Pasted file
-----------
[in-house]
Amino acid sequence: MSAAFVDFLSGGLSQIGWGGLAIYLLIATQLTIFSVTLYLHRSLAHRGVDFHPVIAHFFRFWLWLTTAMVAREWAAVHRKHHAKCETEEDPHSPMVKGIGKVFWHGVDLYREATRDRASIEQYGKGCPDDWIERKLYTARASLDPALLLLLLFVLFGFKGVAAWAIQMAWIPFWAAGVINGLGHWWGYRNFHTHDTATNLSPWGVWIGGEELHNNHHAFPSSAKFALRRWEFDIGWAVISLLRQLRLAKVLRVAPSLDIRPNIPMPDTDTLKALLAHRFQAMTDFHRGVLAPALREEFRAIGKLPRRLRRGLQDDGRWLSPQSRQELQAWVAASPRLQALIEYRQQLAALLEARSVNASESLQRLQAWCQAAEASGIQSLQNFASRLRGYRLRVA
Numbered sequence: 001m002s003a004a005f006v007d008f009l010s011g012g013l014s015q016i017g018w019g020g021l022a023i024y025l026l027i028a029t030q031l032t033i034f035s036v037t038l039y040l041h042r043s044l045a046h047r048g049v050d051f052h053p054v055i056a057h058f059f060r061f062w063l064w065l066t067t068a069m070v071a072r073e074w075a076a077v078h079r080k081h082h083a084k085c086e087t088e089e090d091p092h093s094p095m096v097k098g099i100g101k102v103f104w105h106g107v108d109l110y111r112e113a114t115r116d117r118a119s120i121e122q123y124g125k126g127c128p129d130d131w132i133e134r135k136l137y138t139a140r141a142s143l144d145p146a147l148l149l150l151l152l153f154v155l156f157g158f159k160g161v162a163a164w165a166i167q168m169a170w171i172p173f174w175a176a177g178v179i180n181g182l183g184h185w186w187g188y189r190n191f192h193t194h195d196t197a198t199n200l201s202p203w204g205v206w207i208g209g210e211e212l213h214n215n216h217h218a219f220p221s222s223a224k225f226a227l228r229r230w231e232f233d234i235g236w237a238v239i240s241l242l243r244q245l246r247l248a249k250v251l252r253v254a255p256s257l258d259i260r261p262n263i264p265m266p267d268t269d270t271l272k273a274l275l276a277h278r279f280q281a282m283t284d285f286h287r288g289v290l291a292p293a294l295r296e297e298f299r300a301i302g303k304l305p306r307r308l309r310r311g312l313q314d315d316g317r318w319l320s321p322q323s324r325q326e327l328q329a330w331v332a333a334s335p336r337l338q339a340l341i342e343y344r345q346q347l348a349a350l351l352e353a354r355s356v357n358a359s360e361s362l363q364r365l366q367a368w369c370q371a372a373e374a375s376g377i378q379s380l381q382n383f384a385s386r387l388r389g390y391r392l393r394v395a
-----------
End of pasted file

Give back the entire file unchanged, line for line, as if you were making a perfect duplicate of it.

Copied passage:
[in-house]
Amino acid sequence: MSAAFVDFLSGGLSQIGWGGLAIYLLIATQLTIFSVTLYLHRSLAHRGVDFHPVIAHFFRFWLWLTTAMVAREWAAVHRKHHAKCETEEDPHSPMVKGIGKVFWHGVDLYREATRDRASIEQYGKGCPDDWIERKLYTARASLDPALLLLLLFVLFGFKGVAAWAIQMAWIPFWAAGVINGLGHWWGYRNFHTHDTATNLSPWGVWIGGEELHNNHHAFPSSAKFALRRWEFDIGWAVISLLRQLRLAKVLRVAPSLDIRPNIPMPDTDTLKALLAHRFQAMTDFHRGVLAPALREEFRAIGKLPRRLRRGLQDDGRWLSPQSRQELQAWVAASPRLQALIEYRQQLAALLEARSVNASESLQRLQAWCQAAEASGIQSLQNFASRLRGYRLRVA
Numbered sequence: 001m002s003a004a005f006v007d008f009l010s011g012g013l014s015q016i017g018w019g020g021l022a023i024y025l026l027i028a029t030q031l032t033i034f035s036v037t038l039y040l041h042r043s044l045a046h047r048g049v050d051f052h053p054v055i056a057h058f059f060r061f062w063l064w065l066t067t068a069m070v071a072r073e074w075a076a077v078h079r080k081h082h083a084k085c086e087t088e089e090d091p092h093s094p095m096v097k098g099i100g101k102v103f104w105h106g107v108d109l110y111r112e113a114t115r116d117r118a119s120i121e122q123y124g125k126g127c128p129d130d131w132i133e134r135k136l137y138t139a140r141a142s143l144d145p146a147l148l149l150l151l152l153f154v155l156f157g158f159k160g161v162a163a164w165a166i167q168m169a170w171i172p173f174w175a176a177g178v179i180n181g182l183g184h185w186w187g188y189r190n191f192h193t194h195d196t197a198t199n200l201s202p203w204g205v206w207i208g209g210e211e212l213h214n215n216h217h218a219f220p221s222s223a224k225f226a227l228r229r230w231e232f233d234i235g236w237a238v239i240s241l242l243r244q245l246r247l248a249k250v251l252r253v254a255p256s257l258d259i260r261p262n263i264p265m266p267d268t269d270t271l272k273a274l275l276a277h278r279f280q281a282m283t284d285f286h287r288g289v290l291a292p293a294l295r296e297e298f299r300a301i302g303k304l305p306r307r308l309r310r311g312l313q314d315d316g317r318w319l320s321p322q323s324r325q326e327l328q329a330w331v332a333a334s335p336r337l338q339a340l341i342e343y344r345q346q347l348a349a350l351l352e353a354r355s356v357n358a359s360e361s362l363q364r365l366q367a368w369c370q371a372a373e374a375s376g377i378q379s380l381q382n383f384a385s386r387l388r389g390y391r392l393r394v395a